Paula Patton wants to set the record straight. She didn’t jump the broom when she married R&B singer Robin Thicke – and it’s not because she didn’t want to.

“I have to be real with you, I did not know of this tradition of jumping the broom until I read the script for the movie, and that’s the truth,” she frankly admits.

A tradition practiced in the early part of the 19th century among African-Americans, it’s a concept the actress says she would have considered – had she known about it.

“A lot of my friends who have gotten married didn’t do it either. I read the script and started taking to people and realized that it’s a tradition that is not done a lot of the time, but it is something that is done,” Patton continues. “I was fascinated by it, and I would have jumped the broom had I known about it. I think the idea that you are sweeping the past away, forming a union and jumping into the future to become a family is a beautiful idea.”

In Jumping the Broom, which is directed by Salim Akil (“The Game”), Patton plays Sabrina Watson, a corporate lawyer who gets engaged to a Wall Street broker, Jason Taylor (Laz Alonso), after dating for six months. With a wedding in the planning stages, things don’t go as smoothly as planned when their very different families meet for the first time at plush Martha’s Vineyard. As the wedding draws closer, the unanswered question of whether Jason and Sabrina will “jump the broom” causes friction between the families, who both have very different ideas on the marital concept.

“It’s a tradition that continues to be relevant for a lot of people,” says Akil, who was attracted to the film’s positive messages and realistic treatment of marriage and familial relationships. “When you jump over the broom, you leave what came before on the other side and start new. But no matter which side of the broom you’re on, there will be problems that have to be resolved.”

A ritual used to formalize unions between slaves during a time in America’s sordid past when they were not allowed to marry; Broom was the perfect choice for Patton, who was returning to acting after having her first child last year.

“My son was two months old when I got the script and I thought I was going to take a little longer off, but when I read the script I loved it,” Patton says.

“It’s about the importance of loving each other, while also understanding the differences,” adds the actress, who gained notoriety when she starred opposite Academy Award-winning actor Denzel Washington in Déjà Vu.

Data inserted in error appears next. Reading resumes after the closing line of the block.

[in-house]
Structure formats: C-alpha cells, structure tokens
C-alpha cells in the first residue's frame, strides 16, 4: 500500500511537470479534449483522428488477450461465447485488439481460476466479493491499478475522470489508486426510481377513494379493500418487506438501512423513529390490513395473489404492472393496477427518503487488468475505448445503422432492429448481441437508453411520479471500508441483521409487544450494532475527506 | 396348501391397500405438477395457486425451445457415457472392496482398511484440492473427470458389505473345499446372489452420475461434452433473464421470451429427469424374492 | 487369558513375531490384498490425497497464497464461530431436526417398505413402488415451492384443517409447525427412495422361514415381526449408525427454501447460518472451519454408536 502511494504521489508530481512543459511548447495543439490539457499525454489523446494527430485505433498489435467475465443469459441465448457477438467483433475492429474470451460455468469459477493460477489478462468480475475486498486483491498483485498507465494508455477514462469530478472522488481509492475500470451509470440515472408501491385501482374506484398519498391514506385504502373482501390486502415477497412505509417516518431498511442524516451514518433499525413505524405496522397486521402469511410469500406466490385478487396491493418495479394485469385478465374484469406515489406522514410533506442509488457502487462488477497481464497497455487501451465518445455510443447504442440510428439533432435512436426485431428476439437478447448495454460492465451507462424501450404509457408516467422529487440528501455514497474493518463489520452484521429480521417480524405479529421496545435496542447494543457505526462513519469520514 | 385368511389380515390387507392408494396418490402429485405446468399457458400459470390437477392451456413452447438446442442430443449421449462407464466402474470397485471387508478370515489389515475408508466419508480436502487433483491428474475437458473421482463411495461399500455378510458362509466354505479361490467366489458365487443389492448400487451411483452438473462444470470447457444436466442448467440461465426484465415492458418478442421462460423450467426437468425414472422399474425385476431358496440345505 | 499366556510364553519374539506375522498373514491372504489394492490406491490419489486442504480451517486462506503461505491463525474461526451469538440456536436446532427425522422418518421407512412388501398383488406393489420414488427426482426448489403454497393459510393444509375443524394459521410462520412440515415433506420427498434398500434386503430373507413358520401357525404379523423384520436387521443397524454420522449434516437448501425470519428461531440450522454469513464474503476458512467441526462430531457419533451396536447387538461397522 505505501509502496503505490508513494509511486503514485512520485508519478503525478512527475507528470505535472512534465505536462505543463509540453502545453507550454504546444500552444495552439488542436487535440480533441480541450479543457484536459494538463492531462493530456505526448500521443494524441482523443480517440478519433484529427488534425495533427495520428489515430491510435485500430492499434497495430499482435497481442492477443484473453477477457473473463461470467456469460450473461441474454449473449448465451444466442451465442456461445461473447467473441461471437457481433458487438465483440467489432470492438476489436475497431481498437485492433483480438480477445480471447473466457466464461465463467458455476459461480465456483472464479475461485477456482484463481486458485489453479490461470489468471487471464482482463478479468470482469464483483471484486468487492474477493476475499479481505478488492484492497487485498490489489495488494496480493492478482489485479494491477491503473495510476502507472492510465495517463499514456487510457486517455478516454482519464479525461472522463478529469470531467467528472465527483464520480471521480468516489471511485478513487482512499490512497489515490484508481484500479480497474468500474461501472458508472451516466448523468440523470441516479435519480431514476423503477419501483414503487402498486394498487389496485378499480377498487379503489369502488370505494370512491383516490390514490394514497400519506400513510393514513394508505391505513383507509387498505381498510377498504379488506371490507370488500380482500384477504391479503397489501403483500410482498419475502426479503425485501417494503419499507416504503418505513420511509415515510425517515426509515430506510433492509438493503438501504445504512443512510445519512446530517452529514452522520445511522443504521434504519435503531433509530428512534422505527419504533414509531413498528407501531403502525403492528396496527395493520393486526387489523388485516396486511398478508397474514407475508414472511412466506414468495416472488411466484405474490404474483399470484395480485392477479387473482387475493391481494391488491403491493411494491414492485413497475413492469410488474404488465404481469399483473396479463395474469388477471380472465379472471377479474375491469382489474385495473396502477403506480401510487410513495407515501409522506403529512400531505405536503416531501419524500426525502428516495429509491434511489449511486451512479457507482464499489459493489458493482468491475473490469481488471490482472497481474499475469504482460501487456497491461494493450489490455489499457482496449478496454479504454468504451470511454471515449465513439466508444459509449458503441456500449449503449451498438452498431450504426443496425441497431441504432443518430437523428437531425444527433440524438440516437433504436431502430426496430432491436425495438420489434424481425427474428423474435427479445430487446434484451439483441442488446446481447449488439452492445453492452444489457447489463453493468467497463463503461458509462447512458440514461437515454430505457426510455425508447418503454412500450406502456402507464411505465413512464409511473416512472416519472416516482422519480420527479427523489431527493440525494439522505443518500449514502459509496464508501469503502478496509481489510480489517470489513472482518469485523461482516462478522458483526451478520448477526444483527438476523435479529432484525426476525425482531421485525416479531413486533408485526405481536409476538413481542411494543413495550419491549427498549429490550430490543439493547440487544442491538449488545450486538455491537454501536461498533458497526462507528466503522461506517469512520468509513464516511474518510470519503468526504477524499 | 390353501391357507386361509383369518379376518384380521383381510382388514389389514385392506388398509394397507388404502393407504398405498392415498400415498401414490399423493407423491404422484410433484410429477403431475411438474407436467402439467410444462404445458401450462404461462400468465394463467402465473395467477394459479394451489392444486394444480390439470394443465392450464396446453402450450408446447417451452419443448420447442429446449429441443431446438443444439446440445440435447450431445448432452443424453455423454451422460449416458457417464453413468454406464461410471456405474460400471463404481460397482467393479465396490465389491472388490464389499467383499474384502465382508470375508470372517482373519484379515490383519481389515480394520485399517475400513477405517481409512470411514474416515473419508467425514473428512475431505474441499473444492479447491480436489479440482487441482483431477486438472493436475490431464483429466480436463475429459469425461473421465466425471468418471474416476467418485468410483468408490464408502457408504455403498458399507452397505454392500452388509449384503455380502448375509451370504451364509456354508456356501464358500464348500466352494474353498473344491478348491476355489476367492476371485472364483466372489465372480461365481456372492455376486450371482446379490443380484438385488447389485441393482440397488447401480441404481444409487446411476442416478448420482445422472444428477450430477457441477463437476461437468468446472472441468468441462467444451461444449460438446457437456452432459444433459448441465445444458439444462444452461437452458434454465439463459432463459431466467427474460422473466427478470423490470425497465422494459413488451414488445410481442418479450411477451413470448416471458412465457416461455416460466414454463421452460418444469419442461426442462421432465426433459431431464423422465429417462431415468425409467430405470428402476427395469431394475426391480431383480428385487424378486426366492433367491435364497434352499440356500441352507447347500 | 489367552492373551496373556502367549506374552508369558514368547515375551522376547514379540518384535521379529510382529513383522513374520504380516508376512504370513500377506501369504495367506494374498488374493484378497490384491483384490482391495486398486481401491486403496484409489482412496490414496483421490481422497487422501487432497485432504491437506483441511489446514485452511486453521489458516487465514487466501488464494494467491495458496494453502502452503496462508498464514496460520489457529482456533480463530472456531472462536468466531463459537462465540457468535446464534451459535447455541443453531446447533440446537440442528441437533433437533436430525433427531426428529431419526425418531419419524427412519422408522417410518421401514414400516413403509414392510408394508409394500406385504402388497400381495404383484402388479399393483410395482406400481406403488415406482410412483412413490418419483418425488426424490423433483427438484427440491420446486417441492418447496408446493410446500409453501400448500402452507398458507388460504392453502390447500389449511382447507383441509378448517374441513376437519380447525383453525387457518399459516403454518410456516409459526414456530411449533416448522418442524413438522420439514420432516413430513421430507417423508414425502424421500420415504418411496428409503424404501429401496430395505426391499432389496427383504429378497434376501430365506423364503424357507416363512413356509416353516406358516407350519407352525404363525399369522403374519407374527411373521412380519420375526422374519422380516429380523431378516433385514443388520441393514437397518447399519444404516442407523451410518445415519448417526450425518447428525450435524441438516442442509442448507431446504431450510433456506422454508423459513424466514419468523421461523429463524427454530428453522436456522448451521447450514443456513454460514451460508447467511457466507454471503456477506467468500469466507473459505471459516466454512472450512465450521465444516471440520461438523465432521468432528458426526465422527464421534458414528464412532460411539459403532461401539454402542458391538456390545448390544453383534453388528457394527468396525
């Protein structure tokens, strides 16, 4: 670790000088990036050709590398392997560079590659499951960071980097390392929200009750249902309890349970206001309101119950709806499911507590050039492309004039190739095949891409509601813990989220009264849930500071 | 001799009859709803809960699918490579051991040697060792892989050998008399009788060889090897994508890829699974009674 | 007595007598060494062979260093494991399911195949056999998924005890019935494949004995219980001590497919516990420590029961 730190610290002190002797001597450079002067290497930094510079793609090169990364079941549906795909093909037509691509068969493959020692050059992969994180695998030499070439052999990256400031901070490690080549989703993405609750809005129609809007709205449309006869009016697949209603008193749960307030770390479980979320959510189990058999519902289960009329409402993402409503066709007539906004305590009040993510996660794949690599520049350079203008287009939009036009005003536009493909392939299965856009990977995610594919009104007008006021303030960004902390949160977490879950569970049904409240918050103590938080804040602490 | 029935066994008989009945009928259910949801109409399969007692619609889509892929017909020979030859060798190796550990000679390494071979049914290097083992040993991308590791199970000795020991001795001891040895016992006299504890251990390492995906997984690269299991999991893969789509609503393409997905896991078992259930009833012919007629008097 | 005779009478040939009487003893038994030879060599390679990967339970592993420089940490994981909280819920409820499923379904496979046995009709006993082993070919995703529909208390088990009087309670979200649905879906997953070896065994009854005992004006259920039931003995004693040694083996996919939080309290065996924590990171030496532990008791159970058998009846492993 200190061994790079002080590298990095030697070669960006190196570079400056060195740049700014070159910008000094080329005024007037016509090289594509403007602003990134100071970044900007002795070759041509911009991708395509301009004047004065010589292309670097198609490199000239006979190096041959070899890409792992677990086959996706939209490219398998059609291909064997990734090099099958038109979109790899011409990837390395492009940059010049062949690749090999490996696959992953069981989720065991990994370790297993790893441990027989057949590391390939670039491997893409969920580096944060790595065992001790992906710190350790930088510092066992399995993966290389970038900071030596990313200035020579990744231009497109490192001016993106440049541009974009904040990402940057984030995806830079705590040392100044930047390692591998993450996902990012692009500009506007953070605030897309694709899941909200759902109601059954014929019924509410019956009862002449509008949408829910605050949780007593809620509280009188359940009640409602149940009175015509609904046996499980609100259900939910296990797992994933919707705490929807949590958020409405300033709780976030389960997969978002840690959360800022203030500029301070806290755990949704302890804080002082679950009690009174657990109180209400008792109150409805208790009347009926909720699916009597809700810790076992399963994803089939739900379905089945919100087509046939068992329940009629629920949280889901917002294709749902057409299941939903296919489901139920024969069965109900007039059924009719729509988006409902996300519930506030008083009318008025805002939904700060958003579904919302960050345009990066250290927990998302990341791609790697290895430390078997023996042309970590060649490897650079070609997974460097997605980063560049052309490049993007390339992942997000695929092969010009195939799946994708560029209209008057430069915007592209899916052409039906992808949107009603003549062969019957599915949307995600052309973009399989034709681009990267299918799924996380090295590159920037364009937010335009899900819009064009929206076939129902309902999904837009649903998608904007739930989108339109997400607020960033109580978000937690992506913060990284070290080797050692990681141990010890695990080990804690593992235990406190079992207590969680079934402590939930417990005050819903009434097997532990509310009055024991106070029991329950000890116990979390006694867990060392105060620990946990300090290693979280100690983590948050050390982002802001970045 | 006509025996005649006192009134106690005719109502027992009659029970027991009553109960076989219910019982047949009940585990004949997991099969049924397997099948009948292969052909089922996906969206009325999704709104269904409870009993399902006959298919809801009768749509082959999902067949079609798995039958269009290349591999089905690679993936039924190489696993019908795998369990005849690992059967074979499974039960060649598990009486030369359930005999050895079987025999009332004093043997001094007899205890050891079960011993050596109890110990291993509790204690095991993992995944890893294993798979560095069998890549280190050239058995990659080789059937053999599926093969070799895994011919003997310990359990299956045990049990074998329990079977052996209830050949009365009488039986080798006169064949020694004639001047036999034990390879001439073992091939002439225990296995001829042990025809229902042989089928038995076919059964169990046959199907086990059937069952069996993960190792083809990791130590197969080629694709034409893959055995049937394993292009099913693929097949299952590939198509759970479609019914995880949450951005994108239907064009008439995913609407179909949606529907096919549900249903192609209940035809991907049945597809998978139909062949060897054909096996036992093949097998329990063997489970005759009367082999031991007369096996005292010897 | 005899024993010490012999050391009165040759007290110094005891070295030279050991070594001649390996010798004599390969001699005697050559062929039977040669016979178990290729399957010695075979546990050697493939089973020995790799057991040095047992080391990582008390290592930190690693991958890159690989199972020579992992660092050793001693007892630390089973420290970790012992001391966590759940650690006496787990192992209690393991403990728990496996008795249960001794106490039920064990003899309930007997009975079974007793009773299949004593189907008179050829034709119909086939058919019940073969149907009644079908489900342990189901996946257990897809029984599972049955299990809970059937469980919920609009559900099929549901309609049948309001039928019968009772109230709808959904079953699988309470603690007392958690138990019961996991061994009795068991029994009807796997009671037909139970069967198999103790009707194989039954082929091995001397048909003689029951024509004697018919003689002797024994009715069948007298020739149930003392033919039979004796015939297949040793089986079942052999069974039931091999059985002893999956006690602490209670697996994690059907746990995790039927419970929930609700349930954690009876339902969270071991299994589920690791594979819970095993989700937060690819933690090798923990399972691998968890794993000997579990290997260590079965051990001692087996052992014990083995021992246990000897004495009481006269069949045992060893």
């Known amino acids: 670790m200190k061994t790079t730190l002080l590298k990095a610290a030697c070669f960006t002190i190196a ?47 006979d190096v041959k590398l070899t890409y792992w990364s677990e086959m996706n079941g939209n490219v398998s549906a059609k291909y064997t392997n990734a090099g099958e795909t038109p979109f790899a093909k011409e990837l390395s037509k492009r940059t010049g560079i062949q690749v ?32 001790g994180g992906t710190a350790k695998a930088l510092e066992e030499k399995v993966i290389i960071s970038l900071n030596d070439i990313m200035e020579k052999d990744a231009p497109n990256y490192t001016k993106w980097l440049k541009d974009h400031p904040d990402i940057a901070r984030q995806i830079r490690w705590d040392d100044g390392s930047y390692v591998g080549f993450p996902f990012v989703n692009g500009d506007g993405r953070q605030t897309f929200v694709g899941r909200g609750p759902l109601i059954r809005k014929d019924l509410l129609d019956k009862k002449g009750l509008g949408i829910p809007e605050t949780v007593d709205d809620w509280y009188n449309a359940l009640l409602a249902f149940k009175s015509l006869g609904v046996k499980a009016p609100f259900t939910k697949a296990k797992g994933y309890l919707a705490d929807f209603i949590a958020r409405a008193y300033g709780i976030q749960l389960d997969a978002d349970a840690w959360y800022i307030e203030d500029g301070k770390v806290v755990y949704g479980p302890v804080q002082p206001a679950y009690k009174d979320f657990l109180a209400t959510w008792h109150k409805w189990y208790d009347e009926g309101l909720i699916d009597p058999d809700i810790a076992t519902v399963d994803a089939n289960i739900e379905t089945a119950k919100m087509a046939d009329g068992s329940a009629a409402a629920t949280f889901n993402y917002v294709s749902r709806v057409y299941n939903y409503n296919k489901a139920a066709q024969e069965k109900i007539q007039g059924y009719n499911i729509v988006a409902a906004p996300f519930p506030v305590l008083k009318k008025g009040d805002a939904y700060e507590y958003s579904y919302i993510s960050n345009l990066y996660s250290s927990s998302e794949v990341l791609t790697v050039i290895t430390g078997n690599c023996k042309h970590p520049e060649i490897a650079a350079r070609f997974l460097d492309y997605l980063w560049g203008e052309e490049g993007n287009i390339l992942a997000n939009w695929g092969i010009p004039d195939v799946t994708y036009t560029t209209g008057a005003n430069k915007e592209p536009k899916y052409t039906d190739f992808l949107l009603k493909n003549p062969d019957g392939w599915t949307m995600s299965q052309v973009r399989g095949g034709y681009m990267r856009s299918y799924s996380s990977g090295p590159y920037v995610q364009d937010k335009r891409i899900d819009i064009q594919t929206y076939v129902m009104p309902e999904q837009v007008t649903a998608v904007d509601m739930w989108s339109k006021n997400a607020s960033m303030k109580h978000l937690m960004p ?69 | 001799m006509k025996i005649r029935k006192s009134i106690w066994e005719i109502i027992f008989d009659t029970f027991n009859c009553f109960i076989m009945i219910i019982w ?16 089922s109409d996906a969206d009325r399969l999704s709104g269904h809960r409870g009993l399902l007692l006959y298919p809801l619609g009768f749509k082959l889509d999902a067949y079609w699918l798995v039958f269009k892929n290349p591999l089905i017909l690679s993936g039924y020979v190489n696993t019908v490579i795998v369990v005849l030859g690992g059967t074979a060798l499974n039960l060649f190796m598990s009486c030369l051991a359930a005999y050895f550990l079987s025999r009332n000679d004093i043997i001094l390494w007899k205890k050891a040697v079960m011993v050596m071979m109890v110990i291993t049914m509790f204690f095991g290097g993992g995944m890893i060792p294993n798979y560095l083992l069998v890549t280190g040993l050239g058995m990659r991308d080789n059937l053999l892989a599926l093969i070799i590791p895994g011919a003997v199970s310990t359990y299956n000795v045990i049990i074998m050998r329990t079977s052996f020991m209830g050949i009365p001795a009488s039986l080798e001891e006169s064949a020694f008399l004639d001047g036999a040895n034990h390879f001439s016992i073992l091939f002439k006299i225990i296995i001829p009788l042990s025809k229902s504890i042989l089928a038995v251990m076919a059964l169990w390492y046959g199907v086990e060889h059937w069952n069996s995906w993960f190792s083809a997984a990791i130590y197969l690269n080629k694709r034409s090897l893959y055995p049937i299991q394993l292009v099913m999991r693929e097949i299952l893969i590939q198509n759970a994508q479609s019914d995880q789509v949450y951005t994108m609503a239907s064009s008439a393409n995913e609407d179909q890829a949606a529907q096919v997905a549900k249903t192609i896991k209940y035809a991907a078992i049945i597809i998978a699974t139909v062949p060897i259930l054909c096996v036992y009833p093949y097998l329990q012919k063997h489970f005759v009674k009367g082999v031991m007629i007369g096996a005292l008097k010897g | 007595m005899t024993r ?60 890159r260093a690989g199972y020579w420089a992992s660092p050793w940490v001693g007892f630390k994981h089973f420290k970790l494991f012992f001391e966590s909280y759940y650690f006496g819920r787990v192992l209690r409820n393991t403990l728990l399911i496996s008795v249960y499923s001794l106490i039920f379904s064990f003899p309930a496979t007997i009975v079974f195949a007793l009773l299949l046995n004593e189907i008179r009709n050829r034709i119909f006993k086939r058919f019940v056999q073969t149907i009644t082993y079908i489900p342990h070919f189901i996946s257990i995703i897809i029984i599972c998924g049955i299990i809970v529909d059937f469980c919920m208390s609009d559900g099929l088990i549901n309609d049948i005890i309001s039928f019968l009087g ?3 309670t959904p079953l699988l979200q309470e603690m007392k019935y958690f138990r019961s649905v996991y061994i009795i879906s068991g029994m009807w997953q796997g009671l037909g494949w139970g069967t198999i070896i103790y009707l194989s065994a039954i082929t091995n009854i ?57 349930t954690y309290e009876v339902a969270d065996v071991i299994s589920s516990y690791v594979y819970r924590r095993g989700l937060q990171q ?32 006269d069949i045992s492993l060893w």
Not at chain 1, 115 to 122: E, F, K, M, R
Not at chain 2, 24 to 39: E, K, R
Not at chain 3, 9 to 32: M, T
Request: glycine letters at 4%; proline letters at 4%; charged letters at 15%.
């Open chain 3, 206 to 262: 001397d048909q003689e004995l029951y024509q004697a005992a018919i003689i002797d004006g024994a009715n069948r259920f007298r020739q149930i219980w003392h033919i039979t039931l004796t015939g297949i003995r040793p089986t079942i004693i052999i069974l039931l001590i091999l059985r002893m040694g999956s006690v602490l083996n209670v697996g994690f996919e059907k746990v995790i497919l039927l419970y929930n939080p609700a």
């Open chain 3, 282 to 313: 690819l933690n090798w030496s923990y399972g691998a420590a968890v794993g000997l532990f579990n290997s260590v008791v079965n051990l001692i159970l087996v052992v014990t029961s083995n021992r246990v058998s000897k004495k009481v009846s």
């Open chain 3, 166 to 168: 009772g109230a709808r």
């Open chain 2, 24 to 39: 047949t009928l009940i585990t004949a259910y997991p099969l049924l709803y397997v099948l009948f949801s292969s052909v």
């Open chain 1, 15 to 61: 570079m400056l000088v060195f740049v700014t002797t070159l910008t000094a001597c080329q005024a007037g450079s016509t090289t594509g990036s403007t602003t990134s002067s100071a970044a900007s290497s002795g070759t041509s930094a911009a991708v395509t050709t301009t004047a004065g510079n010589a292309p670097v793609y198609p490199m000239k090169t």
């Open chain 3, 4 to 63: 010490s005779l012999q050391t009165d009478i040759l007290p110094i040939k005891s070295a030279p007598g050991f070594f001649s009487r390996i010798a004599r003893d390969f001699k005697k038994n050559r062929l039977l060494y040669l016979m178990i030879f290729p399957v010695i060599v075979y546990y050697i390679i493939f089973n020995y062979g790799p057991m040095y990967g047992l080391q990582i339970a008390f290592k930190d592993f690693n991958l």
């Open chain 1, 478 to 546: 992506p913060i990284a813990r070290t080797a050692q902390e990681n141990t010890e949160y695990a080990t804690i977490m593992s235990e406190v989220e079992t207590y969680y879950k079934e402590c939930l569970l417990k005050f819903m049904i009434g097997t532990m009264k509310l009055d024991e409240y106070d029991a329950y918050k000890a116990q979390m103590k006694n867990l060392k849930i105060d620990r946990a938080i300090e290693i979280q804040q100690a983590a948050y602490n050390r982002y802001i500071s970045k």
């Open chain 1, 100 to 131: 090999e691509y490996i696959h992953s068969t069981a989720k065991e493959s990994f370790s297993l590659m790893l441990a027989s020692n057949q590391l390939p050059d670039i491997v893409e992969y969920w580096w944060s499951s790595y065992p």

Written by Elizabeth Hunter and Arlene Gibbs, Broom was pitched to a number of production executives including co-producers Glendon Palmer, T.D. Jakes and Tracey E. Edmonds, the producer of Soul Food and the popular “College Hill” television series.

“Glendon and I had been talking about making a movie about African-Americans that we haven’t necessarily seen on screen before,” says Hunter. “There’s diversity in the community that isn’t often depicted in films, and we both feel it is important to see that we’re not a monolithic group. There are rich African-Americans, there are poor African-Americans and there is everything in between.”

With cast members that include award-winning veterans like Angela Bassett and Loretta Devine to Mike Epps, Meagan Good and Romeo Miller, it’s a cast that was carefully orchestrated.

“We were looking for a balance between very experienced, respected actors and up-and-comers,” continues Hunter. “The most important thing was to have really smart actors who could articulate their vision of the character and enrich the characters on the page.”

“One of the things that makes the movie accessible,” adds Akil, “is that everyone can recognize an uncle or an aunt – at their best and at their worst. We all have larger-than-life characters in our own lives. Since I was lucky enough to have a cast like this, I wanted them to play their own notes within the context of the composition we had. I think they did it beautifully.”


Jumping the Broom releases in theaters May 6.